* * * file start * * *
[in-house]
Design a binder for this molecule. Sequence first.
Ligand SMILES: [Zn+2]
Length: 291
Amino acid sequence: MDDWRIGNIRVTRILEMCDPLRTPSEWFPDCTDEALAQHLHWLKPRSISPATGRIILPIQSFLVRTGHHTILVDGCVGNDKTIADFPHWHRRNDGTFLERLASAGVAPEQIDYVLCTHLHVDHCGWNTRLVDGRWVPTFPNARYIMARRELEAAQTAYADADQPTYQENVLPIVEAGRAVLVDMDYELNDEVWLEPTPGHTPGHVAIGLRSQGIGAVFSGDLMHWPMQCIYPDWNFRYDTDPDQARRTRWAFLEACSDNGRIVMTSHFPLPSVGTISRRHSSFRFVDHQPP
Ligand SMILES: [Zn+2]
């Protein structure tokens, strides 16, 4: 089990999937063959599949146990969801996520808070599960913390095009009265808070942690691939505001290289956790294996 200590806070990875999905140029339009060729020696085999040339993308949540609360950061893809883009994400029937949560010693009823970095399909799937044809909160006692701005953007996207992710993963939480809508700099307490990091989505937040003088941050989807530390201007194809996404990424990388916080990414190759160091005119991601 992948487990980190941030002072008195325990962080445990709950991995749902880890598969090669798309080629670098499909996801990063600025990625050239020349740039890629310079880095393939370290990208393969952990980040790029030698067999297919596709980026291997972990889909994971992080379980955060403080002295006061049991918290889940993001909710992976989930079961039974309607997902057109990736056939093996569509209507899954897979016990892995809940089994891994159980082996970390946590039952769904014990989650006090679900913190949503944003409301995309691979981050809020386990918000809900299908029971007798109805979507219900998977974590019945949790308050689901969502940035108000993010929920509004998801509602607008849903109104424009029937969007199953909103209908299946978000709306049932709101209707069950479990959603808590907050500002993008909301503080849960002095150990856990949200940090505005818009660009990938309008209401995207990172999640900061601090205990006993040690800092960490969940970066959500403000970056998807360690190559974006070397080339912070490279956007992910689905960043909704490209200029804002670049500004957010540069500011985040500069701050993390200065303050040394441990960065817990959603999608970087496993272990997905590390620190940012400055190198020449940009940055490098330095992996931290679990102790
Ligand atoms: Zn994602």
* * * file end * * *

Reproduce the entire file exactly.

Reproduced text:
[in-house]
Design a binder for this molecule. Sequence first.
Ligand SMILES: [Zn+2]
Length: 291
Amino acid sequence: MDDWRIGNIRVTRILEMCDPLRTPSEWFPDCTDEALAQHLHWLKPRSISPATGRIILPIQSFLVRTGHHTILVDGCVGNDKTIADFPHWHRRNDGTFLERLASAGVAPEQIDYVLCTHLHVDHCGWNTRLVDGRWVPTFPNARYIMARRELEAAQTAYADADQPTYQENVLPIVEAGRAVLVDMDYELNDEVWLEPTPGHTPGHVAIGLRSQGIGAVFSGDLMHWPMQCIYPDWNFRYDTDPDQARRTRWAFLEACSDNGRIVMTSHFPLPSVGTISRRHSSFRFVDHQPP
Ligand SMILES: [Zn+2]
């Protein structure tokens, strides 16, 4: 089990999937063959599949146990969801996520808070599960913390095009009265808070942690691939505001290289956790294996 200590806070990875999905140029339009060729020696085999040339993308949540609360950061893809883009994400029937949560010693009823970095399909799937044809909160006692701005953007996207992710993963939480809508700099307490990091989505937040003088941050989807530390201007194809996404990424990388916080990414190759160091005119991601 992948487990980190941030002072008195325990962080445990709950991995749902880890598969090669798309080629670098499909996801990063600025990625050239020349740039890629310079880095393939370290990208393969952990980040790029030698067999297919596709980026291997972990889909994971992080379980955060403080002295006061049991918290889940993001909710992976989930079961039974309607997902057109990736056939093996569509209507899954897979016990892995809940089994891994159980082996970390946590039952769904014990989650006090679900913190949503944003409301995309691979981050809020386990918000809900299908029971007798109805979507219900998977974590019945949790308050689901969502940035108000993010929920509004998801509602607008849903109104424009029937969007199953909103209908299946978000709306049932709101209707069950479990959603808590907050500002993008909301503080849960002095150990856990949200940090505005818009660009990938309008209401995207990172999640900061601090205990006993040690800092960490969940970066959500403000970056998807360690190559974006070397080339912070490279956007992910689905960043909704490209200029804002670049500004957010540069500011985040500069701050993390200065303050040394441990960065817990959603999608970087496993272990997905590390620190940012400055190198020449940009940055490098330095992996931290679990102790
Ligand atoms: Zn994602």